Sunday, February 10, 2013

For the Love of Shakespeare

From the first time I read it (at about 16), I have always loved Shakespeare.  I love the language, I love the challenge of understanding what is going on, what the words mean, and his style of bringing the characters and plot to life.

In fact, Poppa gave me the complete works of Shakespeare as a gift early in our courtship. I never imagined I could start teaching Shakespeare to a child in first grade, but I have found that it is a joy for them; as well as, me.

At first, I was a little leery about teaching Shakespeare in all of its complexity and adult themes.  Then I read Why Shakespeare for Christian Students. It shed light on aspects of the plays that I had not considered.

Grades 1-3
When I read Shakespeare to kids in grades 1-3, we use Lamb’s and Nesbit’s versions of the plays. Before I read, I have the child make puppets of the main characters. While reading, we use the puppets to tell the story. After we are finished, the child glues the characters onto his/her favorite scene.

There are cartoon videos of some of Shakespeare plays that are great for young kids. They use the original language and are in animated form.

Grades 4-8
For kids in fourth through eighth grade, I read Shakespeare after All before reading the play. I enjoy the background information on the play and the explanations of themes. It opens my eyes to things I might not have noticed and makes it possible for me to introduce my child to those concepts.

I break the readings into chunks of 3-4 scenes to be read weekly. I spread the play over 12 weeks. I read the sections and create an introduction for each scene. I tell them about each scene before I read it. After each reading, the child narrates to me orally. Then I tell about anything that stood out to me.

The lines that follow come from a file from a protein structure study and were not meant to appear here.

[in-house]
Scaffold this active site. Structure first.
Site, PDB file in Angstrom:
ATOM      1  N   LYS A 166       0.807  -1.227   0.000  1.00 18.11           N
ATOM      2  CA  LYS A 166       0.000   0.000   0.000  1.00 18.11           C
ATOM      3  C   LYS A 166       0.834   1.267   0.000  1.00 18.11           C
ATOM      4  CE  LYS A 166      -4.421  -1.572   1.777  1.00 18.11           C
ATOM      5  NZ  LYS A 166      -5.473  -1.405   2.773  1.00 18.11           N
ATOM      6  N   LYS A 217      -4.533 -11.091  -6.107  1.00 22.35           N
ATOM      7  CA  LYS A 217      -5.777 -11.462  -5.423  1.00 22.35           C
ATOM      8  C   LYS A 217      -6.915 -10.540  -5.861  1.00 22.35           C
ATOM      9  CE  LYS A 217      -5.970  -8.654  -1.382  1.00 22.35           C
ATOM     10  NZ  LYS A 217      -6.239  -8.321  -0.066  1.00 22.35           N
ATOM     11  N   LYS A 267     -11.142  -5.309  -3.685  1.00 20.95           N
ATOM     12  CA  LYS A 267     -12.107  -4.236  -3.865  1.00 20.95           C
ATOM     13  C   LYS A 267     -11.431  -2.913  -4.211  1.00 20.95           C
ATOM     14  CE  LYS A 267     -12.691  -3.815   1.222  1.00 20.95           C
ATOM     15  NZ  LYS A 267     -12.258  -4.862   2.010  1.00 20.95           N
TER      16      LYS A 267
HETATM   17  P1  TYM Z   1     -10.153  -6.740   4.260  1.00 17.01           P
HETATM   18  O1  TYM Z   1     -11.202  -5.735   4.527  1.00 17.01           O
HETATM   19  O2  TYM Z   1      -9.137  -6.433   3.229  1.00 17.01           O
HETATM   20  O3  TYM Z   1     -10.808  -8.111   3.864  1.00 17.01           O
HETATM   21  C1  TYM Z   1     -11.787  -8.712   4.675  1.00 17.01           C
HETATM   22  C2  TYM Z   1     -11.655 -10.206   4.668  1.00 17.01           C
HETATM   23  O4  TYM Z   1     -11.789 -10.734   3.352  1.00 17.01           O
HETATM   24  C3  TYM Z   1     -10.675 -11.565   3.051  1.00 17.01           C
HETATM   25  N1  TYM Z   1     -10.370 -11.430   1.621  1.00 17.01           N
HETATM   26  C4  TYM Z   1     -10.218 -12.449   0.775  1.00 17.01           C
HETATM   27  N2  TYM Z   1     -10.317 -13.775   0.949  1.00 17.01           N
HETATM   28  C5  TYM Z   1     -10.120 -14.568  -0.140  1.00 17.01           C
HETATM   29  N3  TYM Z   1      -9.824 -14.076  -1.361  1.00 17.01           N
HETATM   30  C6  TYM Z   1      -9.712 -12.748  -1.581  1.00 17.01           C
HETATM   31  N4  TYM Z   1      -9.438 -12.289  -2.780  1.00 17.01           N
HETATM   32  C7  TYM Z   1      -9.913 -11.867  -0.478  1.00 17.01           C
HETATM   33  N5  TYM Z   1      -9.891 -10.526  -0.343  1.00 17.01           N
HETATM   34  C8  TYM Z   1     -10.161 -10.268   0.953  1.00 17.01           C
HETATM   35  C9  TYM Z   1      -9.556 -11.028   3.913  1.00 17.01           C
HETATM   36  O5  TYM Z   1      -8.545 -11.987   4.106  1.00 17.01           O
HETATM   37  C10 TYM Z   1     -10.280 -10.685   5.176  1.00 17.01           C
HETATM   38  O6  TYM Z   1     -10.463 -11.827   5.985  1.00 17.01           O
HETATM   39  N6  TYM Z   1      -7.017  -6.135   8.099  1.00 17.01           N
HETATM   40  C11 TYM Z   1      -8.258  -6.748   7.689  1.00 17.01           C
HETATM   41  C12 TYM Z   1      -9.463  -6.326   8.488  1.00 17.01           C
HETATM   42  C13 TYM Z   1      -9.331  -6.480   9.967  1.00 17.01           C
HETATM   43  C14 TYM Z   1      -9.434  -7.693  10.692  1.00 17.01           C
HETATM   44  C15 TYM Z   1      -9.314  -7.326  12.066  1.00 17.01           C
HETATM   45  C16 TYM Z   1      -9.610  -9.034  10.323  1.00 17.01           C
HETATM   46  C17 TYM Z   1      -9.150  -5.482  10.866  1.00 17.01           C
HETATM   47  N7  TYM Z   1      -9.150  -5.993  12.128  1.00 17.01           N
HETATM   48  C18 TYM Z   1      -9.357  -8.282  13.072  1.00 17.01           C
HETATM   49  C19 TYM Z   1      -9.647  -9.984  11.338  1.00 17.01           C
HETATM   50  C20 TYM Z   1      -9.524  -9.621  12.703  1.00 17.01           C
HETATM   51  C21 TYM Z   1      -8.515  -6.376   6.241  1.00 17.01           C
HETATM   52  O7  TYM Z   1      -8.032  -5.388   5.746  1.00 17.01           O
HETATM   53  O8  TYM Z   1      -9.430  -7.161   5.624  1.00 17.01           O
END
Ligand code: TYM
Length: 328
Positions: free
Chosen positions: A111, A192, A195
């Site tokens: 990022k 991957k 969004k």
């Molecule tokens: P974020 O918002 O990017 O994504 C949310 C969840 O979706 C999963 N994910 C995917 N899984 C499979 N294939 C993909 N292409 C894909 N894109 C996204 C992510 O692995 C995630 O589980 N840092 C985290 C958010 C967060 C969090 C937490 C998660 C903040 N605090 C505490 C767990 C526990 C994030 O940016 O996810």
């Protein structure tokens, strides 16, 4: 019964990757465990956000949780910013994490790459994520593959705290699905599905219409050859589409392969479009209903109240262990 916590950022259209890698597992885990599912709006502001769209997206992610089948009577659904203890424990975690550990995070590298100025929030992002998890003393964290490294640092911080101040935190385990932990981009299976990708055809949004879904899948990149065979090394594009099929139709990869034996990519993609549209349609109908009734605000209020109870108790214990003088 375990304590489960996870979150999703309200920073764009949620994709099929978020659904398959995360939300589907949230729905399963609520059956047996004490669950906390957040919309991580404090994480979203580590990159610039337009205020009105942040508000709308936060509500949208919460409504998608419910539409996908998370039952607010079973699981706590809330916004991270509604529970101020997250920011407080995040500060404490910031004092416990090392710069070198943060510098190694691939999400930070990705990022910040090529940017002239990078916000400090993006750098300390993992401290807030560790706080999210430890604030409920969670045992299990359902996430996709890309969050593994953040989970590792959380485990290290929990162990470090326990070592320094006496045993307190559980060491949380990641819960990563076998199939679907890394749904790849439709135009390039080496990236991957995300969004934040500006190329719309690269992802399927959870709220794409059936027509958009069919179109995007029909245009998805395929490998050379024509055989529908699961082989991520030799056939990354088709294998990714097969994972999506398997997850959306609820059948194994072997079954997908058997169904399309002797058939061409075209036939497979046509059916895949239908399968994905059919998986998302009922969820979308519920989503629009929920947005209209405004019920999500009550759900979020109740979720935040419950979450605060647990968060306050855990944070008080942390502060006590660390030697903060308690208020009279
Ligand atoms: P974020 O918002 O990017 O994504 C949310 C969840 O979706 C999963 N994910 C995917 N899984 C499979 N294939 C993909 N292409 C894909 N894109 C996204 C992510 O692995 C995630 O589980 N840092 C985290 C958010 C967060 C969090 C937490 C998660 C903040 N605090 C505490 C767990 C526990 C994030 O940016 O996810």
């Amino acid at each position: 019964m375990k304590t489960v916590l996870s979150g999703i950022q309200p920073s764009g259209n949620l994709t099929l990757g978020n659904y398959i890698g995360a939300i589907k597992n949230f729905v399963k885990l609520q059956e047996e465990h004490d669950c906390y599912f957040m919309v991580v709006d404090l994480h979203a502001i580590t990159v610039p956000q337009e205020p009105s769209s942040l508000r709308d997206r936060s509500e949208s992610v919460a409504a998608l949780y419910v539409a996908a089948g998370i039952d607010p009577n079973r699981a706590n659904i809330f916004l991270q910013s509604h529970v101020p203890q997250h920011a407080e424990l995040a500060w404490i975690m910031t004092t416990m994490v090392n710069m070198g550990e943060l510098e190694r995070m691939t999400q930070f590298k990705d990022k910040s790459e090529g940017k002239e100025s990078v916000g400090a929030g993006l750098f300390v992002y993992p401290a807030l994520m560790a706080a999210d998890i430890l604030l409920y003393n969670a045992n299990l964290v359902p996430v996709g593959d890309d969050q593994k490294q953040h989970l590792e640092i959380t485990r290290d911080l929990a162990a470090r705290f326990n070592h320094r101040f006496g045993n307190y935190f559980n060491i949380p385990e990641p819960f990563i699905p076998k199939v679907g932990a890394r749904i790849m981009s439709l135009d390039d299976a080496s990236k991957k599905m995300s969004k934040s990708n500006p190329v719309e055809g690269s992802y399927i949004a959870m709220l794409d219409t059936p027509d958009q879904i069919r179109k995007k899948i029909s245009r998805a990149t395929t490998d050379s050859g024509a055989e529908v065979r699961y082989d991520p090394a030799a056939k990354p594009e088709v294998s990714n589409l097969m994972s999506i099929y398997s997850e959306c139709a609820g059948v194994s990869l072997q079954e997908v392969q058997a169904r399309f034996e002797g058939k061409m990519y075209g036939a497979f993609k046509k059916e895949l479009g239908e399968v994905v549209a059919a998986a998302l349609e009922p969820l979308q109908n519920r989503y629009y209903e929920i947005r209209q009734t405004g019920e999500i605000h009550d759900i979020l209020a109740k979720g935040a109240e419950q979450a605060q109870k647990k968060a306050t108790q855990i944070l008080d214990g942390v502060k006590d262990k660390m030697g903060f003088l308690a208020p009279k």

I generally try to find movies of the plays that are true to the time period dress and use language of the original work.

When children are in grades 9-12, they should read the play themselves. I read Shakespeare after All and break the readings into chunks of 3-4 scenes to be read weekly over 12 weeks. I read the sections and create an introduction for each scene. I tell them about the reading selection before he/she reads it. After each reading, the child does a written narration.

This is a great age to watch modern translations of movies.

If you don't enjoy Shakespeare, you should give it a try. It has really been worth it for us.

Wishing you homeschool blessings,



Phyllis said...

This is a wonderful post. I love the way you gently but consistently offer Shakespeare. Shakespeare is like an oasis in a desert if you can give it in a way the person can understand. It is so full and rich.

Bethany said...

Thanks. I think so too! I think what makes it so difficult for folks is that their first exposure to it is as teens. It is like jumping into a foreign language in a way. When we share it with kids early, they are able to understand more and grow with it.

Leslie said...

I LOVE these ideas! We have read a little too, but not enough yet. I like the puppet idea a lot! Usborne had a book on Shakespeare that we read last year that was an easy reader. And simple Romeo and Juliet that is cute.

Bethany said...

I'll have to check those ideas out. :)

Meg said...

Ooh. I adore Shakespeare and the puppets sound like a great idea.

Bethany said...

It has really made a difference in the way my kids interpret what's happening!

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